ASX Small Caps and IPO Weekly Wrap: Lotsa pushin’ and shovin’, not a whole lotta movin’
We’re two weeks into the trading year, and it was a solid week for Real Estate and Financials, the latter despite a very choppy performance since Monday that saw some fairly wild swings between gaining and losing ground, and the former probably because I got an email telling me that my rent has gone up by an utterly outrageous amount.
It’s like getting mugged every time I walk to the bathroom. Utter lunacy. Rant. Rage. Etc.
Anyway… the end result is that the ASX as a whole barely moved, climbing less than 0.1% during a week that saw a number of factors exerting influence on investor sentiment.
The first was the carryover from last week of US investors coming to the all-too-slow realisation that their pre-Xmas spending spree on guesses that interest rates are going to start being cut turned out to be highly premature.
So, sentiment on Wall Street has been less than stellar, and that – as per usual – has translated into a muted outlook for Aussie investors as well.
On top of that, commodities have been playing a major role in market sentiment, and they’ve been swinging wildly this week thanks to geopolitical pressures, ongoing wars and some major announcements in the energy market.
Oil prices in particular have been moving abruptly and massively intraday – last night was a classic example, as Brent crude jumped more than 2.0% because – *checks notes* – Iran decided that it was going to yoink a tanker destined for Turkey and full of Iraqi oil, on the basis that the very same boat was pinched from Iran by the United States a while back, because apparently it’s not outright piracy when America does it.
Anyway… it’s that sort of international hullabaloo that is giving the energy market all sorts of grief at the moment, especially as it seems this week that the US and the UK are both ramping up attacks on Houthi rebels in Yemen, on the basis that there is allegedly still a building somewhere in the country that hasn’t been flattened yet.
That’s left us with a weekly sector scoreboard that looks like this:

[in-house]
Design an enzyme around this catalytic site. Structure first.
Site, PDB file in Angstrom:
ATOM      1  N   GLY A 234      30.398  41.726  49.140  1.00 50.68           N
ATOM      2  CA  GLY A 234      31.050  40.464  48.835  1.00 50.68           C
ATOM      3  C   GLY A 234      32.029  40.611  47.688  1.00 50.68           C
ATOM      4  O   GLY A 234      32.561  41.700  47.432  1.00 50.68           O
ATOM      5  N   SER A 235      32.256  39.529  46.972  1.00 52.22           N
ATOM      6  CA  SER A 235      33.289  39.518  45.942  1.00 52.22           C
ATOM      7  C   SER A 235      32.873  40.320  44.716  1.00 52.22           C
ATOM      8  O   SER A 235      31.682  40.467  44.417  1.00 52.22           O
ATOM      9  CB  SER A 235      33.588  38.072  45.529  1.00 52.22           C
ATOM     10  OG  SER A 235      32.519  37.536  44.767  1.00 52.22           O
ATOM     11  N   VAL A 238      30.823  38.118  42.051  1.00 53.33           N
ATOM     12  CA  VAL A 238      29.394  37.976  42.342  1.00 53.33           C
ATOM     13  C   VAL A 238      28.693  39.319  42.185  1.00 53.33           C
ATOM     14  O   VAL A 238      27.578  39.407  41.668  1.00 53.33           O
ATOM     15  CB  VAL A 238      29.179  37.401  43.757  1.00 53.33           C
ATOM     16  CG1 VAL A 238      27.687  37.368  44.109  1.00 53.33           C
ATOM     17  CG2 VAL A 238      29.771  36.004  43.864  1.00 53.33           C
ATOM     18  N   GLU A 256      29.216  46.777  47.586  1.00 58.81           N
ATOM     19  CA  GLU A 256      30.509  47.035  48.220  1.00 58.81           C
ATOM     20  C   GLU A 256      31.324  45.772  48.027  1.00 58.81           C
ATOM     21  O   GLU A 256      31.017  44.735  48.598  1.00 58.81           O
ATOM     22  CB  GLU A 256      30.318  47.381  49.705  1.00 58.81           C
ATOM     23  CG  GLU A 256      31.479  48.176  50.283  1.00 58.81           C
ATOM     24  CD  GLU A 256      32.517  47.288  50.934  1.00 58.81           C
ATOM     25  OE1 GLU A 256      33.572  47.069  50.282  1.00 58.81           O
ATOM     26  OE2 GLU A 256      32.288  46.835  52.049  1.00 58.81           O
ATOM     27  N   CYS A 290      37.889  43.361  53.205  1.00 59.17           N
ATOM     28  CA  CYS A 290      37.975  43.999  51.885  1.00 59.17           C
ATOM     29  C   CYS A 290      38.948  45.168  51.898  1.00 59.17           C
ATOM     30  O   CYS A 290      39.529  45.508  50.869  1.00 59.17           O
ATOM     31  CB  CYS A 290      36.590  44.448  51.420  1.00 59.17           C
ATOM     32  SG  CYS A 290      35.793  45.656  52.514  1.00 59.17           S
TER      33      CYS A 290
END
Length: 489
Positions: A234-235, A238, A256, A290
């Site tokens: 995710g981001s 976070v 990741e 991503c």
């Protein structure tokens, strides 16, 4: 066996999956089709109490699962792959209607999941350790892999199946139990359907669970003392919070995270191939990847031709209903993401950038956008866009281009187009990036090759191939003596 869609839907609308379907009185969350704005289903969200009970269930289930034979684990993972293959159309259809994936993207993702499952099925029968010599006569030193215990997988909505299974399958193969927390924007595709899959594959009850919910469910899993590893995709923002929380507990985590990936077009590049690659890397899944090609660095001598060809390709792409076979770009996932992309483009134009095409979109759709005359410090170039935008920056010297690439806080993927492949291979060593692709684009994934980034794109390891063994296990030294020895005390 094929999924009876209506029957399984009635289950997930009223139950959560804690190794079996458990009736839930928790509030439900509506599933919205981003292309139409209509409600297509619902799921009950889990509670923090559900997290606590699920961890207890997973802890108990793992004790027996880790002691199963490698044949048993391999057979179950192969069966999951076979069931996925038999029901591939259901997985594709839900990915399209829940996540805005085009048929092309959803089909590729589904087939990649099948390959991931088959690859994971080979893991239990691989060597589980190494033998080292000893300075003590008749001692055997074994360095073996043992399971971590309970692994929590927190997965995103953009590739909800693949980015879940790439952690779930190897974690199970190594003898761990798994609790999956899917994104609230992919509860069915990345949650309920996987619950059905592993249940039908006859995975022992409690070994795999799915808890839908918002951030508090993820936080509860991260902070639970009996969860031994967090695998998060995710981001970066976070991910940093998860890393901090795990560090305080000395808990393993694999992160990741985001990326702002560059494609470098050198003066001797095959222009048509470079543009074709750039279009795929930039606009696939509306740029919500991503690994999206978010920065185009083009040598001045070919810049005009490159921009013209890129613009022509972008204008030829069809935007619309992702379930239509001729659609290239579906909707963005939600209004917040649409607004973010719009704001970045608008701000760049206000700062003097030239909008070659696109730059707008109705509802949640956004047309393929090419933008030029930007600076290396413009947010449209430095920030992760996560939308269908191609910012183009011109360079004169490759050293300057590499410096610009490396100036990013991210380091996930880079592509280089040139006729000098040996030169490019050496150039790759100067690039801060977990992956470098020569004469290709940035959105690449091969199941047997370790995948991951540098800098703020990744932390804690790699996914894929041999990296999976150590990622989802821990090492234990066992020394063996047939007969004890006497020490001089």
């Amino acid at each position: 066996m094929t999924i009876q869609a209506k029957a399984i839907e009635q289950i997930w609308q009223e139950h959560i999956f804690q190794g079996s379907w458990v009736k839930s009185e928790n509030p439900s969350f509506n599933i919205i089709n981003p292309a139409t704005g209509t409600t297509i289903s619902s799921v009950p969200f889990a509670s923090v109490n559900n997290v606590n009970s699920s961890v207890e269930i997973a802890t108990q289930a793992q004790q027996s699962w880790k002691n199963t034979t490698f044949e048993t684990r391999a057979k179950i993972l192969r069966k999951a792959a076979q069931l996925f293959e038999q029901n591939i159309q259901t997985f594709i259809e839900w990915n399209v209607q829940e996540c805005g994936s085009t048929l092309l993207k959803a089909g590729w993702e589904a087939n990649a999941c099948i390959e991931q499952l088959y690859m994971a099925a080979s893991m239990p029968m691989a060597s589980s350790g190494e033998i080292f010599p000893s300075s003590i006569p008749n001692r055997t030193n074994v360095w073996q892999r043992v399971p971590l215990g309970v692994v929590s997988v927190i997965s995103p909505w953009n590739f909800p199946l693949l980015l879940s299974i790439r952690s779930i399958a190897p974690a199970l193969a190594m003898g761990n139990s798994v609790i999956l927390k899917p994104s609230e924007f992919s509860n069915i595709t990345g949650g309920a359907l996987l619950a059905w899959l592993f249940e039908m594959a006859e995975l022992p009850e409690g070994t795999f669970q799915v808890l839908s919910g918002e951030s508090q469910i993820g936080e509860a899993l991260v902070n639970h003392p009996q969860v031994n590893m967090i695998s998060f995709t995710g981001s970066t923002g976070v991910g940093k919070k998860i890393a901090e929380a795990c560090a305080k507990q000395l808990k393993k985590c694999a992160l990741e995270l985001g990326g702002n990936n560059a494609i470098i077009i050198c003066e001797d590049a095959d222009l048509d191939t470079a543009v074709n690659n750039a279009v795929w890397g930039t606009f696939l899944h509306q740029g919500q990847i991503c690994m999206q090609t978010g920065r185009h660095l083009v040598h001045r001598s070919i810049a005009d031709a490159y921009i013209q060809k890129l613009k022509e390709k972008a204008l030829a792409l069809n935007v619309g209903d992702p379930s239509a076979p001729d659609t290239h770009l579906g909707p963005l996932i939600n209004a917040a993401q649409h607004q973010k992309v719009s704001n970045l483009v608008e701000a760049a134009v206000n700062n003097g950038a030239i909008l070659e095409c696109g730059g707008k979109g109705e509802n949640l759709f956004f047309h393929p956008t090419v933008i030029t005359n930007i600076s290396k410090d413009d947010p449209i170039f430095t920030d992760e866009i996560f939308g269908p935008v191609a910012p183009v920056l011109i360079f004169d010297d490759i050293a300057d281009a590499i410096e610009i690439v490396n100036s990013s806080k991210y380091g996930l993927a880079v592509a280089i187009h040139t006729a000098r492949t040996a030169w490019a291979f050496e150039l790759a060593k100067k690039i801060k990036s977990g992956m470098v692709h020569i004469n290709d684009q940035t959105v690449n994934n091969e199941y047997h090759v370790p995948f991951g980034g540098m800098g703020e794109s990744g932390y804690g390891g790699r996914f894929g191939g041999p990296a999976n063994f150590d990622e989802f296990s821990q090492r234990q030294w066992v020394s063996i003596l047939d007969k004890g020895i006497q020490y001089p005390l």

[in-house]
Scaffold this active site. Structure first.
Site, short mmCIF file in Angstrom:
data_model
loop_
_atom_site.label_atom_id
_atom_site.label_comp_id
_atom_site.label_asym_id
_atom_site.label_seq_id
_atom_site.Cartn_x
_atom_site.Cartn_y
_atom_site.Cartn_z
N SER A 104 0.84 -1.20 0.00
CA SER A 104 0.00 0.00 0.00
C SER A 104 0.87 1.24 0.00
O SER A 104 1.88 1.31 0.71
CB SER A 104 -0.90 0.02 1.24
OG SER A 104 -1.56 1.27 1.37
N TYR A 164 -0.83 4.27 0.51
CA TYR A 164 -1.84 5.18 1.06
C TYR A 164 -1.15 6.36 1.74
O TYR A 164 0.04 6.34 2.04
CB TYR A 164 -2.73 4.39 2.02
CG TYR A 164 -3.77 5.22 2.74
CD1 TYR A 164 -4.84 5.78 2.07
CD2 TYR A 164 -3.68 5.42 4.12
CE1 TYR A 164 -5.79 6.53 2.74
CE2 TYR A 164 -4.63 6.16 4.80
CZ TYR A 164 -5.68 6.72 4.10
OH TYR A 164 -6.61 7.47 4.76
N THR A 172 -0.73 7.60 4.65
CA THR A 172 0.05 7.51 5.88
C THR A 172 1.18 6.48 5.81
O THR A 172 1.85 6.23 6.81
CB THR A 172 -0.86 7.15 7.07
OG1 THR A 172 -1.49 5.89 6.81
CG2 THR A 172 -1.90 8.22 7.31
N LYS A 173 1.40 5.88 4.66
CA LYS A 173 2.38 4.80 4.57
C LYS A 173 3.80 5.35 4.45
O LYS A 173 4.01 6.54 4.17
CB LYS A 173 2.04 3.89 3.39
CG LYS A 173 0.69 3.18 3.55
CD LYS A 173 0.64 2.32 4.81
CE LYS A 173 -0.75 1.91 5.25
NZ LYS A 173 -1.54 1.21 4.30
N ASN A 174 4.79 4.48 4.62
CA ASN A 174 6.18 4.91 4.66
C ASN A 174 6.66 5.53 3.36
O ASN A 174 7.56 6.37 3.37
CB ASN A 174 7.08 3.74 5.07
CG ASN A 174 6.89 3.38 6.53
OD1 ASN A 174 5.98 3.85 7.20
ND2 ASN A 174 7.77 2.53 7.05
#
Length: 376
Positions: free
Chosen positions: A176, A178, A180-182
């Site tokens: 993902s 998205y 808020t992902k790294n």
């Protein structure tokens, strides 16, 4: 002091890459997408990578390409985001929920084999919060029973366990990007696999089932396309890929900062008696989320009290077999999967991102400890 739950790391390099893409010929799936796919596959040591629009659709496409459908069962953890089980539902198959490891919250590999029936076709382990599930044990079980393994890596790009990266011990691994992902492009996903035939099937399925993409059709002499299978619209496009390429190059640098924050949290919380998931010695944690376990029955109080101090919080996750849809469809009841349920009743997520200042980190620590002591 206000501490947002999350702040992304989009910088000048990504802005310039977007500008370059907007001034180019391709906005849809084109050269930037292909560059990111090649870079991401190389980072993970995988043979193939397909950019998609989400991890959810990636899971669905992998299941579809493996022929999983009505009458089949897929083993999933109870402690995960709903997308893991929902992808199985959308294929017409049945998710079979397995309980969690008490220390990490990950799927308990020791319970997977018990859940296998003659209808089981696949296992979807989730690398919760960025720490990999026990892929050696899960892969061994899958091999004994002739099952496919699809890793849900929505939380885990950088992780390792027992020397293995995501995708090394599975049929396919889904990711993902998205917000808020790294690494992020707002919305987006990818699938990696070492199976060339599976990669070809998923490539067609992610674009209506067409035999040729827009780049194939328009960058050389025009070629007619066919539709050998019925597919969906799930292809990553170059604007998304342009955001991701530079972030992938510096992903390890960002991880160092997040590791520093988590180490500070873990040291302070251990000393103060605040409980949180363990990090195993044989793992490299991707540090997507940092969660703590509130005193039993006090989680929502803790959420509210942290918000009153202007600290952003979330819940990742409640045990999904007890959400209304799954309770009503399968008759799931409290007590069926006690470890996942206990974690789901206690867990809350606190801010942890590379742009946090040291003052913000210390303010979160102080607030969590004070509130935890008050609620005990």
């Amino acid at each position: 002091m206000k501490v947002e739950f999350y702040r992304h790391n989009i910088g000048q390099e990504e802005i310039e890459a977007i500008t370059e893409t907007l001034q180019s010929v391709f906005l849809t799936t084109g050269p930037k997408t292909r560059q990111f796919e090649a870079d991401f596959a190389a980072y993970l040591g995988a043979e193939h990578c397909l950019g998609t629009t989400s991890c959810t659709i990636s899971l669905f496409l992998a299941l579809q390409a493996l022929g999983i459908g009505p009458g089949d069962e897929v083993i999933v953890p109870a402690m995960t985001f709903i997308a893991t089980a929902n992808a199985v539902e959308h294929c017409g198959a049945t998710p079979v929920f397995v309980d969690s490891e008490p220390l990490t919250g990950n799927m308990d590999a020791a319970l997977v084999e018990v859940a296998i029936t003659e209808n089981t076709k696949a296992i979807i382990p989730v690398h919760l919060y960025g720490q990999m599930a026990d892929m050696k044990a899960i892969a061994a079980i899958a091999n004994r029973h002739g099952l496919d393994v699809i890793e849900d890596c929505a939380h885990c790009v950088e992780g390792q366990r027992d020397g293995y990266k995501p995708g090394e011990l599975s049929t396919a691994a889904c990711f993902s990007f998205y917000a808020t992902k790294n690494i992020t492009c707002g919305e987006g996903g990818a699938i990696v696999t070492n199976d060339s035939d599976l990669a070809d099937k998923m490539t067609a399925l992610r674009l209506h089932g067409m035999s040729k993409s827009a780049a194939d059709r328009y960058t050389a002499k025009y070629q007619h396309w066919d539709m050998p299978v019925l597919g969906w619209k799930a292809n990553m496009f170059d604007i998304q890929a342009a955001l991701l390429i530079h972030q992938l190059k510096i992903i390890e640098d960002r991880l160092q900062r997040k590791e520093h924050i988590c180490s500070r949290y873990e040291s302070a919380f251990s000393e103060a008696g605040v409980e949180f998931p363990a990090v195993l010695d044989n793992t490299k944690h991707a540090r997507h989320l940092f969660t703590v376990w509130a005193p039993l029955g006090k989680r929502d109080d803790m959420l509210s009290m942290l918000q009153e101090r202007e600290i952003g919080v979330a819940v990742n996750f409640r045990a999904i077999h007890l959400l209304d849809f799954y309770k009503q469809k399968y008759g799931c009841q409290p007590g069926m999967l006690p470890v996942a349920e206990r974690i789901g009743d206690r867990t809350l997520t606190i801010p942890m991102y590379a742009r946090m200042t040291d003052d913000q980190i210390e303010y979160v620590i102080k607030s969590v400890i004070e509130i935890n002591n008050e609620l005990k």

At a more granular level, the winner across the market this week was The Banks – which is about as surprising as watching that interminable Oppenheimer movie win loads of awards at the Golden Globes.
Once… just once… I’d like to see something that isn’t bloated and grossly self-indulgent do well and win a trophy or two – and the same goes for the Golden Globes.
It turned into a pretty good week for local tech stocks as well, despite that sector also experiencing some pretty wild swings day to day – and it’s also the sector that produced this week’s Top Earner.
Singular Health Group (ASX:SHG) was the bolter this week, coming outta nowhere with news about the receipt of a binding enterprise licence order for 5,000 annual licences of the company’s 3Dicom Patient software in the United States.
If I’m reading the ASX announcement correctly, though, it’s by no means a massive deal – Singular says that while the exact details of the deal are commercial in confidence, “revenue generated from this order exceeds the total direct to consumer sales of the 3Dicom software in the 2023 Calendar Year of ~AUD $50,000 by more than 40%“.
Which puts it just north of AUD$70,000 – which is not a huge deal by any stretch, but what it does do is open the door to the utterly massive US Veterans health market, which is far larger than you could possibly imagine.
Freehill Mining (ASX:FHS) ran in second this week, with the only news from the company a simple response to a speeding ticket from the ASX, asking why it’s gaining value at such an alarming rate.
The answer: “FHS is of the view that there has been a lag in the market with respect to understanding the information presented at the AGM and activities of the capital raising and use of funds.”
Make of that what you will…
And Culpeo Minerals (ASX:CPO) is in the winner’s circle at the end of the week as well, thanks to its cracking start to the week, which in turn came off the back of developments from this time last week, when the company said stuff about copper-gold porphyry rock-sampling and everybody went nuts.
Monday 08 January, 2024
Culpeo Minerals (ASX:CPO) continued its climb on last week’s news of a decent-looking copper-gold porphyry rock-sampling report from its La Florida Prospect, in the Fortuna Project in Chile.
In fact, by the looks of things, almost the entire winners list yesterday was made up of companies being driven by external forces such as commodity prices, or their gains are simply carry-overs from newsworthy announcements that hit the market last week.
Nova Eye Medical (ASX:EYE) – which also had happy news out last week – was riding that momentum, with a helpful boost this morning from news that the company has managed to grow its US sales revenue up 65% to US$5.1 million for the six months ended 31 December 2023, compared to the same period last year.
And then, like magic at 12pm, Kali Metals (ASX:KM1) made its market debut, and finished its first session on the bourse with a 78% gain under its belt and, I’m guessing, no shortage of high-fives around the table in the boardroom.
By the time the Closing Bell rang, the rest of the afternoon’s success stories looked a lot like the morning’s – big moves on little news from the likes of Gladiator Resources (ASX:GLA), Yandal Resources (ASX:YRL), Matsa Resources (ASX:MAT) and BMG Resources (ASX:BMG), as investors went bananas piling into a swathe of junior goldies, despite the precious metal dipping 0.5% throughout the day.
Tuesday 09 January, 2024
The small caps results for Tuesday 09 January are brought to you by the word “confusing”, because it was all a little hard to get a handle on throughout the day.